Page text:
The MedlinePlus website provides information in text-based webpages as well as in videos and tools.[12][13] Other ways to access to access MedlinePlus content include MedlinePlus Mobile, which is a point-of-care tool for clinicians, and MedlinePlus Connect,[14] which connects to Electronic Health Records (EHRs).[12]

References

  1. ^ "Medlineplus.gov en español" (in Spanish). Archived from the original on 2020-05-07. Retrieved 2009-06-08.
  2. ^ "Health Information in Multiple Languages: MedlinePlus". medlineplus.gov. Archived from the original on 2019-10-09. Retrieved 2019-10-22.
  3. ^ "MedlinePlus Statistics". National Institutes of Health. Archived from the original on 2016-06-05. Retrieved 2016-05-08.
  4. ^ National Library of Medicine, PubMed Health, archived from the original on 2018-10-18, retrieved 2017-09-04.
  5. ^ Naomi Miller, M.L.S., Systems Librarian, Eve-Marie Lacroix, M.S., Chief, Public Services Division, and Joyce E. B. Backus, M.S.L.S., Systems Librarian (January 2000). "MEDLINEplus: building and maintaining the National Library of Medicine's consumer health Web service". Bulletin of the Medical Library Association (BMLA). 88 (1): 11–7. PMC 35193. PMID 10658959.((cite journal)): CS1 maint: multiple names: authors list (link)
  6. ^ Marill JL, Miller N, Kitendaugh P (January 2006). "The MedlinePlus public user interface: studies of design challenges and opportunities". Journal of the Medical Library Association. 94 (1): 30–40. PMC 1324769. PMID 16404467.
  7. ^ Miller N, Lacroix EM, Backus J (Mar–Apr 2001). "The making of Medlineplus". Public Libraries. 40 (2): 111–3.
  8. ^ Miller N, Tyler RJ, Backus JE (Fall 2004). "MedlinePlus: The National Library of Medicine brings quality information to health consumers" (PDF). Library Trends. 53 (2): 375–88. Archived (PDF) from the original on 2019-01-04. Retrieved 2009-06-08.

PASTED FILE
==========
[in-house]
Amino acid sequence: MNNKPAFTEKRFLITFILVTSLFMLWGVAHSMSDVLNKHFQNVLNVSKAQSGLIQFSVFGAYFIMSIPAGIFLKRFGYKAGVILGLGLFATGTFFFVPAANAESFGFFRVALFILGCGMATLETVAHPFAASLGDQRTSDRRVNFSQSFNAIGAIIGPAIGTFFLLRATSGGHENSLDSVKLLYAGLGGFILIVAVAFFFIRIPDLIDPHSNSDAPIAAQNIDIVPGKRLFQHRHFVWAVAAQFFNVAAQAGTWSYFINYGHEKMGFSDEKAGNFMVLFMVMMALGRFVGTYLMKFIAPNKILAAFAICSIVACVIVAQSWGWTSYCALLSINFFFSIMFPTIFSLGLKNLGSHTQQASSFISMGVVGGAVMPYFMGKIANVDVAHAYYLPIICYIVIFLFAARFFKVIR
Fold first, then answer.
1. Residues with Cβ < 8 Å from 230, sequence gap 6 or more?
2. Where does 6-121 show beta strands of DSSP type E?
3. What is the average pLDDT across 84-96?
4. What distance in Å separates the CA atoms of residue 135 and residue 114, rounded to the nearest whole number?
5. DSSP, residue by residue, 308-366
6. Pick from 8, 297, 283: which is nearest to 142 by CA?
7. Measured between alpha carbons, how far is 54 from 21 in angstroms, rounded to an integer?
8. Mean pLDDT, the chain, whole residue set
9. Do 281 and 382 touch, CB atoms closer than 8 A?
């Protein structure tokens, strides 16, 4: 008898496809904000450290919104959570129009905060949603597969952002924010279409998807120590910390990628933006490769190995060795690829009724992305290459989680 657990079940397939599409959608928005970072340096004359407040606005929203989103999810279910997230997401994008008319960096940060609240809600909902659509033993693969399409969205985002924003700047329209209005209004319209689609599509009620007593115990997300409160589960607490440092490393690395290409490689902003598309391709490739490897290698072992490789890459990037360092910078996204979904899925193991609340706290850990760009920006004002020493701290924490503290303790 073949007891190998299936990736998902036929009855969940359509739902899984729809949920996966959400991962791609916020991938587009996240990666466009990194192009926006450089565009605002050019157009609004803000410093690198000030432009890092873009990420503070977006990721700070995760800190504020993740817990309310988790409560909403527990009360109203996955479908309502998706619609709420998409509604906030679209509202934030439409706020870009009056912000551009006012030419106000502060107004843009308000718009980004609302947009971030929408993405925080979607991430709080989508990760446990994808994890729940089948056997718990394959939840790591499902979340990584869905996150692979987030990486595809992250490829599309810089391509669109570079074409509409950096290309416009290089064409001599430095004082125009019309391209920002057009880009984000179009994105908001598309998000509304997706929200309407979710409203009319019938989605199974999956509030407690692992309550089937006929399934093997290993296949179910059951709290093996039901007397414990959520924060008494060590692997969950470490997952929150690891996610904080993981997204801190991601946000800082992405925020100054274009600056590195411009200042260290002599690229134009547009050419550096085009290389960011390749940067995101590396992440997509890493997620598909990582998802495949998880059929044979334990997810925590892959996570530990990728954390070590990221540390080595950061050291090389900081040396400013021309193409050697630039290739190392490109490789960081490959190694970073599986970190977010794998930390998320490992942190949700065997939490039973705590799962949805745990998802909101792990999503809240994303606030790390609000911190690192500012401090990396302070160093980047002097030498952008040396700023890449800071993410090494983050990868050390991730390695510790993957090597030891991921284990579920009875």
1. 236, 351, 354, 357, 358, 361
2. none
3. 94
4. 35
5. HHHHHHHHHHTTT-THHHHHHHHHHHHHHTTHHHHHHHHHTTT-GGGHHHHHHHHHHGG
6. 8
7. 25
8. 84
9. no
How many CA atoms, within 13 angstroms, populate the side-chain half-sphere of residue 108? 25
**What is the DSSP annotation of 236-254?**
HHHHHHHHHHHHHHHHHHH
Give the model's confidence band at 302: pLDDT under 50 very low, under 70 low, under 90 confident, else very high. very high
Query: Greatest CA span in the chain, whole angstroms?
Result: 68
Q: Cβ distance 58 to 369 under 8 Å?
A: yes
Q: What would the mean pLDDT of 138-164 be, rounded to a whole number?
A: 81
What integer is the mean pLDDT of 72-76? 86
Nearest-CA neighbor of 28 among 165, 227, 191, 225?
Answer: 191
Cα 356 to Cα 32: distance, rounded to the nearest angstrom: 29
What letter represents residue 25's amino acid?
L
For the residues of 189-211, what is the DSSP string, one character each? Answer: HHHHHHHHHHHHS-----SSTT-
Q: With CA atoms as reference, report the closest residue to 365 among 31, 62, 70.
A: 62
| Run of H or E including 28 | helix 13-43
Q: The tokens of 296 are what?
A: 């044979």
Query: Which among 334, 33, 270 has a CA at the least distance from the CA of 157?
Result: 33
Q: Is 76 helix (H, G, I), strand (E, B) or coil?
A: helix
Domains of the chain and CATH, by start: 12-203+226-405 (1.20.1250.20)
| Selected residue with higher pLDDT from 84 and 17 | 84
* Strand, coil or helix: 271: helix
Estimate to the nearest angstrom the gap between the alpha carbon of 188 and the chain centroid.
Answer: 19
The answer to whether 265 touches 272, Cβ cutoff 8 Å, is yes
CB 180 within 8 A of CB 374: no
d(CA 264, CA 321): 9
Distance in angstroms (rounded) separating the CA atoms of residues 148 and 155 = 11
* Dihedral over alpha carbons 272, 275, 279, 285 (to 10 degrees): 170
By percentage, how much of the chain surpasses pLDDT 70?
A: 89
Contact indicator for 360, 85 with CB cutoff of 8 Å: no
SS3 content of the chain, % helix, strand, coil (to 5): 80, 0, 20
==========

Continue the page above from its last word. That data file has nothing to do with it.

9. ^ Miles, Alisha (July 2011), "PubMed Health", Journal of the Medical Library Association, 99 (3): 265–266, doi:10.3163/1536-5050.99.3.018, PMC 3133896.
  10. ^ "Thomson Reuters/Frank Bradway Rogers Information Advancement Award". Medical Library Association. Archived from the original on 10 September 2017. Retrieved 5 August 2016.
  11. ^ "ACSI Scores for U.S. Federal Government". The American Customer Satisfaction Index. 2010. Archived from the original on 2021-12-02. Retrieved 2011-10-04.
  12. ^ a b Schnall, Janet G.; Fowler, Susan (September 2013). "MedlinePlus.gov: quality health information for your patients". The American Journal of Nursing. 113 (9): 64–65. doi:10.1097/01.NAJ.0000434180.83352.f0. ISSN 1538-7488. PMID 23985609.
  13. ^ "Videos & Tools: MedlinePlus". medlineplus.gov. Archived from the original on 2019-10-01. Retrieved 2019-10-22.
  14. ^ "MedlinePlus Connect: Linking Patient Portals and Electronic Health Records to Health Information". medlineplus.gov. Archived from the original on 2019-10-09. Retrieved 2019-10-22.
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MedlinePlus